It was back in 1992, on a Spanish beach, that I discovered the glorious anti-hero that is Adrian Mole (in a translated edition, these things matter to me.)

So now, older and wiser after a decade living in Britain, I wanted to revisit the original version and compare notes from a different perspective. It would be fun.

Second time around, I still loved the book. It was funny and heart wrenching in a way that only honest writing can be, with all main characters presented with complex flaws, questions, anxieties. And of course, an insight into Adrian’s adolescence ego for pure comic genius relief.

The novel delivered an unexpected delight: political awareness for readers of all ages. It seems that today’s teenagers want to read about worlds of evasion such as the hunger games and twilight, neither of which are concerned with the decline of the working class. For Adrian Mole, Margaret Thatcher’s politics brought the working class to its knees, becoming the inspiration for the hilarious yet devastating verse, ‘Do you weep like a sad willow/ in your Marks and Spencer’s pillow?’ Politics are interweaved in everything that happens in the Mole’s home, including unemployment, illicit relationships, drink and feminism, creating a portrait of the imperfect family, preceding the Simpsons and the Griffins.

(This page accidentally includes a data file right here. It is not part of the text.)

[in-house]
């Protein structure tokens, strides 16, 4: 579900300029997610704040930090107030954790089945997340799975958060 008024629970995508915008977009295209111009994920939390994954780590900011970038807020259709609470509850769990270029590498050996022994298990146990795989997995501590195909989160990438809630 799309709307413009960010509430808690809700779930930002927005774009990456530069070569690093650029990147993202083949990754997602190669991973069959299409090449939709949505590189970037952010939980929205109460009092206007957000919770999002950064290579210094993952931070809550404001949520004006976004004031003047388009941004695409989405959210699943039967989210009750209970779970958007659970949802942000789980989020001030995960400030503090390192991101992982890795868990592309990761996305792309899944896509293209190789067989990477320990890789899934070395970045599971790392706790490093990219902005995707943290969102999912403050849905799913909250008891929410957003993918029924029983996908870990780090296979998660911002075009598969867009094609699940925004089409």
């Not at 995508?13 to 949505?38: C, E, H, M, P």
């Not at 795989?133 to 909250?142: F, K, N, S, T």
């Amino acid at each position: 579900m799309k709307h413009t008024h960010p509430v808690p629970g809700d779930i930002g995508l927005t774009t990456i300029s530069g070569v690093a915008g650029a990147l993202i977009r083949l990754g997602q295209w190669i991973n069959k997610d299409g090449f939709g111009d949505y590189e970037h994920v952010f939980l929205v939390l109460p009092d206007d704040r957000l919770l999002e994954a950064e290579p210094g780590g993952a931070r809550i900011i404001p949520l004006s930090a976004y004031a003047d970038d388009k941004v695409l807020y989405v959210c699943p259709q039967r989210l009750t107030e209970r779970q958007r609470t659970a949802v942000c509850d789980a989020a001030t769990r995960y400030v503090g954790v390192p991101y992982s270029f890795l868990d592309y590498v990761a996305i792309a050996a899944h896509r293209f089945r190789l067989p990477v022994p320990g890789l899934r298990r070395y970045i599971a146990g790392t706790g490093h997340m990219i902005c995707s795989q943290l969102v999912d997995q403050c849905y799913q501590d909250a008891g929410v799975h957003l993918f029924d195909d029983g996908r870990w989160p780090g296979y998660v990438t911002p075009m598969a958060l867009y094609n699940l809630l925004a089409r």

An added bonus was the character of Bert Baxter, a notoriously difficult OAP whom Adrian helped care for. In a society that increasingly embraces the cult of youth, it is a welcome look to what the elderly could mean for increasingly fragmented communities and non-traditional families.

The mid 1980s was a period of much political agitation, hunger for change, idealism in the face of extraordinary challenges. Arguably, that tree bore little fruit, and almost thirty years later we have become a more individual and self centred society.

The Romans used to say that to keep people happy and minimise uprising attempts, what was needed is bread and circus, meaning enough food and entertainment. It is clear with the rise of food banks and our divisive society that a considerable number of families still haven’t got enough to eat. However, with the proliferation of the likes of Netflix, Sky and the Internet, most of us have access to as much entertainment as we want. We have too much circus to stop and think about what’s going on behind the scenes.

So, just after you switch your screen tonight, think: What do you really want from life beyond paying the rent/ mortgage and twice a year holidays? And how are you going to get it, and help others along the way? Is our wellbeing as individuals more important than the common good for our society?

Hand in heart, I believe we can all make changes happen.

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